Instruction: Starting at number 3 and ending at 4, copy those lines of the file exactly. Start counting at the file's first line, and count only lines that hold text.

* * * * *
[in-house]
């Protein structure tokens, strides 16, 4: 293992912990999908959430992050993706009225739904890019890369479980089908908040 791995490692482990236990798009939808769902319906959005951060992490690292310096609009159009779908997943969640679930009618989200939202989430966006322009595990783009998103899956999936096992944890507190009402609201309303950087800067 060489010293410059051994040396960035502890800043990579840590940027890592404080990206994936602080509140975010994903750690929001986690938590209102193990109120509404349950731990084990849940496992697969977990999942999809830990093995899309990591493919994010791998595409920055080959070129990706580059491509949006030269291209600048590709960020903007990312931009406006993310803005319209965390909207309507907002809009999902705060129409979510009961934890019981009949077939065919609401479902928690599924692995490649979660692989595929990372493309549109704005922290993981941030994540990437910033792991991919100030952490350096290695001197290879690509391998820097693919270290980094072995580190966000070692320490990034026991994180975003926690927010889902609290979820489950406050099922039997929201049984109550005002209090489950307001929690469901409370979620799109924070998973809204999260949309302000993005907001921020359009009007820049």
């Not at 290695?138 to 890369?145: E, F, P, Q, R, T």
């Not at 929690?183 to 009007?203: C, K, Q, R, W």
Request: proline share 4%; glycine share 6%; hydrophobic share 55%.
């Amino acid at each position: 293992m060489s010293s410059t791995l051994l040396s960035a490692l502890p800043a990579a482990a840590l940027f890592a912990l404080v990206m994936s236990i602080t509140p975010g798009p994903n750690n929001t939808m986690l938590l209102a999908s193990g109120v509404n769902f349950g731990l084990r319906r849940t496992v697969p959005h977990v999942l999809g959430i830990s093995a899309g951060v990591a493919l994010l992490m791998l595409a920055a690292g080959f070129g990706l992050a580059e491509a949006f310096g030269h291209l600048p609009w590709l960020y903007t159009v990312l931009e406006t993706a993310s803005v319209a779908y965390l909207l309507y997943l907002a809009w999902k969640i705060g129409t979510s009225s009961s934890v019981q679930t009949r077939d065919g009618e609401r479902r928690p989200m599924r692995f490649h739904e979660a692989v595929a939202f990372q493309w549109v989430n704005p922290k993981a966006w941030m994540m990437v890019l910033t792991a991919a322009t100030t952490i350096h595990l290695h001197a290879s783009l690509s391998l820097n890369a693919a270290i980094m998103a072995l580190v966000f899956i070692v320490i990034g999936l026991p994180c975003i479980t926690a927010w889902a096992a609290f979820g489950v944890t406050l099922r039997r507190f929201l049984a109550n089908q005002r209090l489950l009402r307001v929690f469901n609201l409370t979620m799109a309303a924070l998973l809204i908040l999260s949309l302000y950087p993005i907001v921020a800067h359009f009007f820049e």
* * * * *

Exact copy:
């Not at 290695?138 to 890369?145: E, F, P, Q, R, T």
């Not at 929690?183 to 009007?203: C, K, Q, R, W």